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Review MTP 440 DM

Paul Vnuk Jr, an editor at Recording Magazine, tested the MTP 440 DM on different instruments.

Aug 1, 2018 5 min read

LEWITT Content Team
Enthusiasts at work

MTP 440 DM tested [Photo © Tom Rowland]

Paul Vnuk Jr, editor at Recording Magazine, tested the MTP 440 DM  on snare, toms, kick drum, cajon, acoustic guitar, congas, and vocals. He placed the MTP 440 DM alongside an i5, an SM57, and a Telefunken M80.


"All four mics were very different from one another. The SM57 was the most forward and punchy, the M80 had the most upper-end clarity, and the i5 was the fullest and most imposing. The MTP 440 DM by contrast had a fuller, even, and controlled low end, and its top was the smoothest and least forward of the bunch.

I quite liked its naturalness on snare, even with no EQ. This would be the type of snare mic well suited for songs where you want the snare heard with distinction, but not necessarily pushing its way to the front of the mix like a 57 or i5 would do. It is similar on toms.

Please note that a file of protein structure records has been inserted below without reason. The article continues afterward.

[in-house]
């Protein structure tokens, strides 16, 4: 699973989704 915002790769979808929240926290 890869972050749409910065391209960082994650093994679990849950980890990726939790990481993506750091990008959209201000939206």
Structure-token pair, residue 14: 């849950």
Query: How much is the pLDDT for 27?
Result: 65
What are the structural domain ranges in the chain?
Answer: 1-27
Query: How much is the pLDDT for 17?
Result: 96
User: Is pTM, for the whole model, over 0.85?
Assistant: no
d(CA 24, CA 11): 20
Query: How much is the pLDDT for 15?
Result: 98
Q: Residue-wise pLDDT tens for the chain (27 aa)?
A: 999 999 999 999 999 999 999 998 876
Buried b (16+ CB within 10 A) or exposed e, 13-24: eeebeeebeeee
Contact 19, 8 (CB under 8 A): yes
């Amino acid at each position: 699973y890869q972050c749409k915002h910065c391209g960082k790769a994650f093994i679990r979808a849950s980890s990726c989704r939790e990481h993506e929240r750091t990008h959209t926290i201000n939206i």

My favorite use was on electric guitar, especially on smaller tube combo amps in an overdriven blues, classic rock, and country context. Again, this is a mic that is very full and powerful, but it does not exaggerate the source sound and thrust it forward like the other mics might. I can best sum up the sonic signature of the LEWITT as a dynamic mic that captures depth and fullness rather than just forcefulness and punch.

One of this mic’s greatest features is its tight off-axis rejection; its 180º rejection is listed by LEWITT as –25 dB. In my tests even the 90º off-axis rejection was around –16 dB, and it fell off fast. This makes the MTP 440 DM a great mic both for rejecting feedback live and controlling bleed in the studio."

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